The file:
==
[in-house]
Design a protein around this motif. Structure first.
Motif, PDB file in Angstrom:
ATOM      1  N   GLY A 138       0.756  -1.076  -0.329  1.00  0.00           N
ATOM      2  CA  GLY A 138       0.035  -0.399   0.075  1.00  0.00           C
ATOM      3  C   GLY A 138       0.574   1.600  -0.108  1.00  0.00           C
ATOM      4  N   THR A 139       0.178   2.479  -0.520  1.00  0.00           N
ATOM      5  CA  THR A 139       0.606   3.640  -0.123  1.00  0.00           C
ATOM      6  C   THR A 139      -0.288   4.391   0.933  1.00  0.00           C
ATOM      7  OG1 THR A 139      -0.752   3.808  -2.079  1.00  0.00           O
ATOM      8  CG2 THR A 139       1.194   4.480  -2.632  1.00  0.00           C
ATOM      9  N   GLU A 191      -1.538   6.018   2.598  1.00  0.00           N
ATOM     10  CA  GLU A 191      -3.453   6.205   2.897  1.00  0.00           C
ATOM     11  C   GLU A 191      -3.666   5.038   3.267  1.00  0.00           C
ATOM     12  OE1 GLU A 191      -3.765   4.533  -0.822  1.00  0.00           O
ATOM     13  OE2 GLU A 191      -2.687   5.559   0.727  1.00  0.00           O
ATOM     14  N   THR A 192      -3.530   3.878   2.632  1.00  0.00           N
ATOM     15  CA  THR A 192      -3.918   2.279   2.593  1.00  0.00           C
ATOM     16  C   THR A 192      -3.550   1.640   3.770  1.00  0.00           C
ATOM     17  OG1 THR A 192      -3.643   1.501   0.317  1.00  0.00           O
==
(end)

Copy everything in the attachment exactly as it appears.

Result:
[in-house]
Design a protein around this motif. Structure first.
Motif, PDB file in Angstrom:
ATOM      1  N   GLY A 138       0.756  -1.076  -0.329  1.00  0.00           N
ATOM      2  CA  GLY A 138       0.035  -0.399   0.075  1.00  0.00           C
ATOM      3  C   GLY A 138       0.574   1.600  -0.108  1.00  0.00           C
ATOM      4  N   THR A 139       0.178   2.479  -0.520  1.00  0.00           N
ATOM      5  CA  THR A 139       0.606   3.640  -0.123  1.00  0.00           C
ATOM      6  C   THR A 139      -0.288   4.391   0.933  1.00  0.00           C
ATOM      7  OG1 THR A 139      -0.752   3.808  -2.079  1.00  0.00           O
ATOM      8  CG2 THR A 139       1.194   4.480  -2.632  1.00  0.00           C
ATOM      9  N   GLU A 191      -1.538   6.018   2.598  1.00  0.00           N
ATOM     10  CA  GLU A 191      -3.453   6.205   2.897  1.00  0.00           C
ATOM     11  C   GLU A 191      -3.666   5.038   3.267  1.00  0.00           C
ATOM     12  OE1 GLU A 191      -3.765   4.533  -0.822  1.00  0.00           O
ATOM     13  OE2 GLU A 191      -2.687   5.559   0.727  1.00  0.00           O
ATOM     14  N   THR A 192      -3.530   3.878   2.632  1.00  0.00           N
ATOM     15  CA  THR A 192      -3.918   2.279   2.593  1.00  0.00           C
ATOM     16  C   THR A 192      -3.550   1.640   3.770  1.00  0.00           C
ATOM     17  OG1 THR A 192      -3.643   1.501   0.317  1.00  0.00           O